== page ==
Surprisingly, Two Socks went with him, behaving more like a loyal pet than the wild wolf he was supposed to be. The villagers were a little apprehensive of the beast at first but, when they realized he posed no threat, soon accepted him as just another camp dog. Soon after, he became a regular favorite of the younger children and was often seen playing with them.
Scott returned to Fort Sedgewick periodically, but the visits were driven primarily by guilt and not desire. Even while he was there at the tiny fort, he knew it was more for the sake of appearances than anything else. His sense of duty compelled him to do so.
The officer knew there was no logical reason to stay on. He was fairly certain now that the army had abandoned the post and him along with it. Scott gave some thought to returning to Fort Hayes but then quickly dismissed the idea. It was entirely possible that he would be returning to the Confederate States of America instead of a whole union and the idea held very little appeal. As far as he was concerned, he had done his duty for the US Army and the Union.
The idea of returning to his home in Boston held no appeal either. His Grandfather had his whole life mapped out for him and didn’t really seem to care that Scott might have other plans. The idea of working in a stuffy accounting office married to some witless debutante all so he can produce heirs who would also work in stuffy accounting offices made his skin crawl.
No, what drew him now was the pull of another world, a world he had just begun to explore. His childhood dream of a life on the frontier had come true in a way that he had never imagined.
Another reason for wanting to stay was Stands With A Fist. The attraction the army officer felt for the pretty young woman could not be denied. Stands With A Fist was a puzzle that Scott was determined to solve. How had she come to be here? Where did she come from?
The time that Scott did spend in the Indian village was spent in Stands With A Fist’s company more than anyone else, other than Kicking Bird. The young woman was teaching Scott the Sioux language and her own fluency with English was returning quickly.
In the beginning it was mostly just questions and answers. Lieutenant Lancer told the story of how he had come to Fort Sedgewick and of his unexplained isolation. Interesting as the story was, it frustrated Kicking Bird. Loo-tent-ant claimed to know nothing of the army’s mission or its specific plans. He was nothing more than a simple soldier.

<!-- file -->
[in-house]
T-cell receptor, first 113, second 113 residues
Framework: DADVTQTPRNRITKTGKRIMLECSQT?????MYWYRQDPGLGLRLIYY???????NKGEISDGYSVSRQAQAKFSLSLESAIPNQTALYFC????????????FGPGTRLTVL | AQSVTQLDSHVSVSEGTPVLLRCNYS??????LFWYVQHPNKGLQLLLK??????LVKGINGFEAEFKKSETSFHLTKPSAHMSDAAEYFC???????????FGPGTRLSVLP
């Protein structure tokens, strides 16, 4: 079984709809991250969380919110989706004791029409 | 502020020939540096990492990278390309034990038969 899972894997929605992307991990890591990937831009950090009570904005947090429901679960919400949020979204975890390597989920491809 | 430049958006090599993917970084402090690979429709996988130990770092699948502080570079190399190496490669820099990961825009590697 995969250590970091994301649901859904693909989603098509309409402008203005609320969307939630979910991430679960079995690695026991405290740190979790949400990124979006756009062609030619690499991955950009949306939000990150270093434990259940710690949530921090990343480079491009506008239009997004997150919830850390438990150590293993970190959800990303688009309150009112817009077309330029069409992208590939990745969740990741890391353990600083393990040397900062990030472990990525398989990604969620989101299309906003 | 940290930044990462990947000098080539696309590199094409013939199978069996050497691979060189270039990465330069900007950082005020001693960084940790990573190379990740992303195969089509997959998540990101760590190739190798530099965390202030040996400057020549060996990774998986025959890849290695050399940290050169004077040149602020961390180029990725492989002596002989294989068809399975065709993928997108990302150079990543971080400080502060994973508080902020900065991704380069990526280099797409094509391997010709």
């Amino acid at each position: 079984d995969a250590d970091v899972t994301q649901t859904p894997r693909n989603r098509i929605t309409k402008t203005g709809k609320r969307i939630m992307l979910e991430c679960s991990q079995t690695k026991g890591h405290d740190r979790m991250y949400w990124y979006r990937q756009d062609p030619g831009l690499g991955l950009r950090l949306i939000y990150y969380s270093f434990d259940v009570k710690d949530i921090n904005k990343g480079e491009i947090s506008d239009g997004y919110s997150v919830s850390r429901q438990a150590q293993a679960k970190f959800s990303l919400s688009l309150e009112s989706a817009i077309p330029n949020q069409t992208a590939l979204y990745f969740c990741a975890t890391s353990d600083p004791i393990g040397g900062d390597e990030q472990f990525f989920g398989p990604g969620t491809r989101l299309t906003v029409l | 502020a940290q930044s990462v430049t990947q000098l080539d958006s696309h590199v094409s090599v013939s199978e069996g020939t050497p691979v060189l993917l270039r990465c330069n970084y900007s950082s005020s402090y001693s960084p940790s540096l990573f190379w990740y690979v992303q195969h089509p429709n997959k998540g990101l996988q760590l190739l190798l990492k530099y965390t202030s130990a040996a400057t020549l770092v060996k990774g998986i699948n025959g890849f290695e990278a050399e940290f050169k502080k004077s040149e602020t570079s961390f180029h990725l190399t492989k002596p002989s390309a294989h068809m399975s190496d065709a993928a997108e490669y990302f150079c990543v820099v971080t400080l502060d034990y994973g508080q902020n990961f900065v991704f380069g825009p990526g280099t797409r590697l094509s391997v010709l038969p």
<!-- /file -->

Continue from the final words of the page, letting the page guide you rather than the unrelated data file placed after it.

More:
The white race was a different matter.
“Why are the whites coming into our county?” the medicine man would ask.
And Lancer would reply, “I don’t think they want to come into the country. I think they only want to pass through.”
Kicking Bird would come back with, “I have heard it said that the whites only want peace in the country. If that is true, why do they always come with soldiers? I have been told of talks the white chiefs have had with my brothers. I have been told these talks are peaceful and promises are made. But I am told that the promises are always broken. If the white chiefs come to see us, how will we know if they speak the truth? Will the white chiefs keep their word?
Scott was uncomfortable about answering these questions and was as evasive as possible. He could easily see Stands With A Fist and Kicking Bird’s concern for the Sioux people and couldn’t bring himself to tell them what he really thought. If the whites ever came out here in real force, the Indians would be hopelessly outmatched, no matter how hard they fought.
At the same time he couldn’t tell Kicking Bird to ignore these issues. They were valid concerns for the Sioux shaman and he was right to be worried. Scott couldn’t bring himself to tell the truth and he couldn’t lie to these people. It was standoff and the question remained unanswered, hanging awkwardly between them.
Gradually Stands With A Fist began to look forward to the hours she spent in the Loo-tent-ant’s company. Now that he had been accepted by the band, Scott had ceased to be the great problem he had once been. While what he represented still caused her fear, the soldier himself, the man, did not. He didn’t even look like a soldier anymore.
Now that Scott had emerged as a real person, there were things about him to admire: His strength, his bravery, his keen-eyed skill with a rifle. His handsome face and lean, muscular frame. The Loo-tent-ant was a man that any Sioux brave would be proud to call friend….and any Sioux woman to call husband.
The tranquil life of the camp was disturbed when Ten Bears decided that there would be a war party against the Pawnee. The necessary preparations would take several days and the village was a bustling hive of activity.
It was decided that Wind In His Hair would lead the group and Kicking Bird would go along also, providing spiritual guidance. It would be a small party, no more than twenty braves whose purpose was to get rifles and ponies from the Pawnee as well as to exact revenge for the death of Red Eagle, Stands With A Fist’s husband. Ten Bears had waited so long to send the raiding party in the hopes that the dangerous and bloodthirsty Pawnee would have relaxed their guard.